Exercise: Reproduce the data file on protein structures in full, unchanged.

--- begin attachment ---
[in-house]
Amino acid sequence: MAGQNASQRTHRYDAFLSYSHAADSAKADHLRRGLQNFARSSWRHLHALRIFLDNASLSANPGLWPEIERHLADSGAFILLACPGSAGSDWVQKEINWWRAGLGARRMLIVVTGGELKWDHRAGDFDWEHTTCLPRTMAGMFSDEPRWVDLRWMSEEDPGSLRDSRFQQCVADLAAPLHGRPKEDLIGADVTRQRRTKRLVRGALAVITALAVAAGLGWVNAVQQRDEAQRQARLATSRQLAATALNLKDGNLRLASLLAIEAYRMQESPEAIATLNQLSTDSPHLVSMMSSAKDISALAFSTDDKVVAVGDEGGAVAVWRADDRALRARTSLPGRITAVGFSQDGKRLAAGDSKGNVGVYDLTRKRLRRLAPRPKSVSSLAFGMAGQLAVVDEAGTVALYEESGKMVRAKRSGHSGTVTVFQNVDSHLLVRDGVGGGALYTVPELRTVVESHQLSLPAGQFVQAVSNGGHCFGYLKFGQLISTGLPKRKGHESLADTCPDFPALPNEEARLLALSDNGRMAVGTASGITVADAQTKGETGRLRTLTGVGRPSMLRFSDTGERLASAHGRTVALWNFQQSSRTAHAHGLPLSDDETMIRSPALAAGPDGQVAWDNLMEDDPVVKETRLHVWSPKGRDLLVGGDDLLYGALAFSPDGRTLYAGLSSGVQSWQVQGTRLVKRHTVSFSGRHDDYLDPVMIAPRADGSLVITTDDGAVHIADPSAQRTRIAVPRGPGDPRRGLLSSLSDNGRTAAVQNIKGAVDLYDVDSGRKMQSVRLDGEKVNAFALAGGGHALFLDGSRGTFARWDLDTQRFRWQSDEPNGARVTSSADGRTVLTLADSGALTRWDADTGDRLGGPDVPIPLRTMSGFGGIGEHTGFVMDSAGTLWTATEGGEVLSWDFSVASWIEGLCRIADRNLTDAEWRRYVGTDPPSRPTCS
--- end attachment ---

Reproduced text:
[in-house]
Amino acid sequence: MAGQNASQRTHRYDAFLSYSHAADSAKADHLRRGLQNFARSSWRHLHALRIFLDNASLSANPGLWPEIERHLADSGAFILLACPGSAGSDWVQKEINWWRAGLGARRMLIVVTGGELKWDHRAGDFDWEHTTCLPRTMAGMFSDEPRWVDLRWMSEEDPGSLRDSRFQQCVADLAAPLHGRPKEDLIGADVTRQRRTKRLVRGALAVITALAVAAGLGWVNAVQQRDEAQRQARLATSRQLAATALNLKDGNLRLASLLAIEAYRMQESPEAIATLNQLSTDSPHLVSMMSSAKDISALAFSTDDKVVAVGDEGGAVAVWRADDRALRARTSLPGRITAVGFSQDGKRLAAGDSKGNVGVYDLTRKRLRRLAPRPKSVSSLAFGMAGQLAVVDEAGTVALYEESGKMVRAKRSGHSGTVTVFQNVDSHLLVRDGVGGGALYTVPELRTVVESHQLSLPAGQFVQAVSNGGHCFGYLKFGQLISTGLPKRKGHESLADTCPDFPALPNEEARLLALSDNGRMAVGTASGITVADAQTKGETGRLRTLTGVGRPSMLRFSDTGERLASAHGRTVALWNFQQSSRTAHAHGLPLSDDETMIRSPALAAGPDGQVAWDNLMEDDPVVKETRLHVWSPKGRDLLVGGDDLLYGALAFSPDGRTLYAGLSSGVQSWQVQGTRLVKRHTVSFSGRHDDYLDPVMIAPRADGSLVITTDDGAVHIADPSAQRTRIAVPRGPGDPRRGLLSSLSDNGRTAAVQNIKGAVDLYDVDSGRKMQSVRLDGEKVNAFALAGGGHALFLDGSRGTFARWDLDTQRFRWQSDEPNGARVTSSADGRTVLTLADSGALTRWDADTGDRLGGPDVPIPLRTMSGFGGIGEHTGFVMDSAGTLWTATEGGEVLSWDFSVASWIEGLCRIADRNLTDAEWRRYVGTDPPSRPTCS